I’ve spent the last 15 years working in a management position for a large corporation.
My position came to an end six months ago when the company moved, and I opted not to leave the area. I anticipated a short job search period, but it has turned into a much longer one. So I expanded my search to include the non-profit arena, and am now actively interviewing for a position in a local non-profit that I feel does excellent work for our community. What are the key differences between the for profit and non profit sector? I know salaries would tend to be lower, but what else?
Good question and one that a couple of my clients have encountered as well. Sometimes people go out of their way to focus on being of help in the non profit sector and they even earn degrees specifically in working for non-profits. But interestingly, sometimes non-profits look for candidates with a corporate background to inject some best practices, and style that can balance out the typical ways of non-profits.
Having worked for both for profit and non profit organizations and with clients who’ve recently gone from one side to the other, I would say that there are three main differences:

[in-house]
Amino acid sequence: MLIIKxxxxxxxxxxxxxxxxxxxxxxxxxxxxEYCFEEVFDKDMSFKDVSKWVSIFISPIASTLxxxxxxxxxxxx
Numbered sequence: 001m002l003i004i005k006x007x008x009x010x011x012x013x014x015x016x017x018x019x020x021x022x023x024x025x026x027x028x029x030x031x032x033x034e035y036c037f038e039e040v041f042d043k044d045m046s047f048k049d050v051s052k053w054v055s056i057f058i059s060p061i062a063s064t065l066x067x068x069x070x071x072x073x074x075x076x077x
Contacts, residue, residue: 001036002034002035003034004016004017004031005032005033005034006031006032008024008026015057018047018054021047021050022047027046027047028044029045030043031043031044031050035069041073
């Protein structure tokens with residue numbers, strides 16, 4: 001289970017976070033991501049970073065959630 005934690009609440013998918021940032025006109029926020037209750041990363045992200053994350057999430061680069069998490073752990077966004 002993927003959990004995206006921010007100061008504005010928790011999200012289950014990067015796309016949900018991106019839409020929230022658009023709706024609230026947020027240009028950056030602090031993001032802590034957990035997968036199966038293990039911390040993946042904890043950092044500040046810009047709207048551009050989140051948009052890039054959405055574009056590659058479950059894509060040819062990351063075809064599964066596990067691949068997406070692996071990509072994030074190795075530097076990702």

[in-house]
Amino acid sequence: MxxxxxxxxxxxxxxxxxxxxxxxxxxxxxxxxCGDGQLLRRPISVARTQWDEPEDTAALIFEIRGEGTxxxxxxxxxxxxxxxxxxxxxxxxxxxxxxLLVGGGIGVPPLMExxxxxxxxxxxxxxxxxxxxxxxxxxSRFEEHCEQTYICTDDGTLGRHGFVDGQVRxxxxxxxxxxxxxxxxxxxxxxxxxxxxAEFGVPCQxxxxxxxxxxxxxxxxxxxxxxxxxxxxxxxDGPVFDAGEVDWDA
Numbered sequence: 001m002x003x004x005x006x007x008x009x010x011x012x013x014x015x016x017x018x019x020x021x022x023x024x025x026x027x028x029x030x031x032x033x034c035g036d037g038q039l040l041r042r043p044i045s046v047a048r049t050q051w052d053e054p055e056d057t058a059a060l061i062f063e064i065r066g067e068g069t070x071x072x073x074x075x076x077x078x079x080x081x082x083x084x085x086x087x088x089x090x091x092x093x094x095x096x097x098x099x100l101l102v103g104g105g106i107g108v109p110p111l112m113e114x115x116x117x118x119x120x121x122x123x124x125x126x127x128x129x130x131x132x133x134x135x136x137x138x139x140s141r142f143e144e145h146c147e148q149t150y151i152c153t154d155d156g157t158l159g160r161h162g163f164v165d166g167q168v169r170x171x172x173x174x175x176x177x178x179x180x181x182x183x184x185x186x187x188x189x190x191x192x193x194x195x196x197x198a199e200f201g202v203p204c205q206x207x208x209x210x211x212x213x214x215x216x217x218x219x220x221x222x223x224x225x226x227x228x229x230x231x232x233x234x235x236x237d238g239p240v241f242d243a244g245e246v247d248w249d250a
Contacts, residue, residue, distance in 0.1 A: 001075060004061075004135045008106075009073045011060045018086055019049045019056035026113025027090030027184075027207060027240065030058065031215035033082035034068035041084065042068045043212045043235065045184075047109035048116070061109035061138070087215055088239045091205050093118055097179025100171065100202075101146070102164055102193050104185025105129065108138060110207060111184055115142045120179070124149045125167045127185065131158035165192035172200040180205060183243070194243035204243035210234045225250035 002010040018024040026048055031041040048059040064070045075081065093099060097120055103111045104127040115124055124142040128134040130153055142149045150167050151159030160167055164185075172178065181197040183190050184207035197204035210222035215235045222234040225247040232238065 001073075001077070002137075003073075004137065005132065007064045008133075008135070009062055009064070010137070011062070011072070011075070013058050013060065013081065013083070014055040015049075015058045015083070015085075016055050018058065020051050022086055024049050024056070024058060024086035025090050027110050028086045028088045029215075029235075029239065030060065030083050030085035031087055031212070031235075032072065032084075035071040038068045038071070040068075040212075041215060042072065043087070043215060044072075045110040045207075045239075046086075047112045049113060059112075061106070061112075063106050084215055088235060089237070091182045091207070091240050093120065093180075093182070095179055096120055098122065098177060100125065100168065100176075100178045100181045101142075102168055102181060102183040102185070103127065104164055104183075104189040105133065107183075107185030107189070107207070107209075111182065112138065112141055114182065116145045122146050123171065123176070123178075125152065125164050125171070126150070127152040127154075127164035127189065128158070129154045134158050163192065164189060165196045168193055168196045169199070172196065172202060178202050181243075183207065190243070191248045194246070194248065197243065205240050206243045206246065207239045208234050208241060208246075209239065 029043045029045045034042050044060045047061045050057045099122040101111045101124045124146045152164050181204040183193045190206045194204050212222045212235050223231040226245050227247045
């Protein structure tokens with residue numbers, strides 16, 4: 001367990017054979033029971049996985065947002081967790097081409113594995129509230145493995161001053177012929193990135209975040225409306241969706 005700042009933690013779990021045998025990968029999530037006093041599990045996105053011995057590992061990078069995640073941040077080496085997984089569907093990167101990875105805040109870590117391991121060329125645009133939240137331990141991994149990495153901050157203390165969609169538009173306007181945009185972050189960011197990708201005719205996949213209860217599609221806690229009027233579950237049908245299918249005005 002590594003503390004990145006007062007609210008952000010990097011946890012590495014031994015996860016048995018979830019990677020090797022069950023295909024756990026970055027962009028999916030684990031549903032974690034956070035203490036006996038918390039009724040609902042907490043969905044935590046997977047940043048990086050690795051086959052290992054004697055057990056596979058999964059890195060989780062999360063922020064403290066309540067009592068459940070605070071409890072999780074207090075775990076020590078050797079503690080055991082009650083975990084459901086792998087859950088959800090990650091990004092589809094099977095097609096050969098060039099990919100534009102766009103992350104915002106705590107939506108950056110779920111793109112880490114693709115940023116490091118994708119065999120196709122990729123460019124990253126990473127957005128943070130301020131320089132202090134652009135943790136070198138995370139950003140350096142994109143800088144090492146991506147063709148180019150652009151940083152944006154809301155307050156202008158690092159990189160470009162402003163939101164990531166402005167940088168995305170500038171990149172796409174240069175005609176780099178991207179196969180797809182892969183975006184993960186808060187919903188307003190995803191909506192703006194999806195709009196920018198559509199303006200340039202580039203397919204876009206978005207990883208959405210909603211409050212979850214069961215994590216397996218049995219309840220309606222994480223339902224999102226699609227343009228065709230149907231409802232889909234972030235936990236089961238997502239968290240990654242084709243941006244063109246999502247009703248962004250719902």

- SALARY – In general, given the same responsibilities, salaries in a non-profit tend to run 15-20 percent lower. Let’s look to the mission to find out why. For profit companies are focused on maximizing profits, and they tend to reward employees whose jobs contribute to the bottom line. They are willing to pay for competitive candidates. Non-profits have missions that are focused on helping people or being of service to a community. They are not typically well funded or if they are, they use the money to support their purpose. For instance, the Red Cross. It takes in a lot of money in donations to help people in disasters around the world. It also uses a lot of volunteer energies, as do most non profits. People who are attracted to non-profits are typically willing to forego top pay to align their talents with the mission of the organization and get some alternative ‘non monetary compensation in knowing they are making a societal contribution.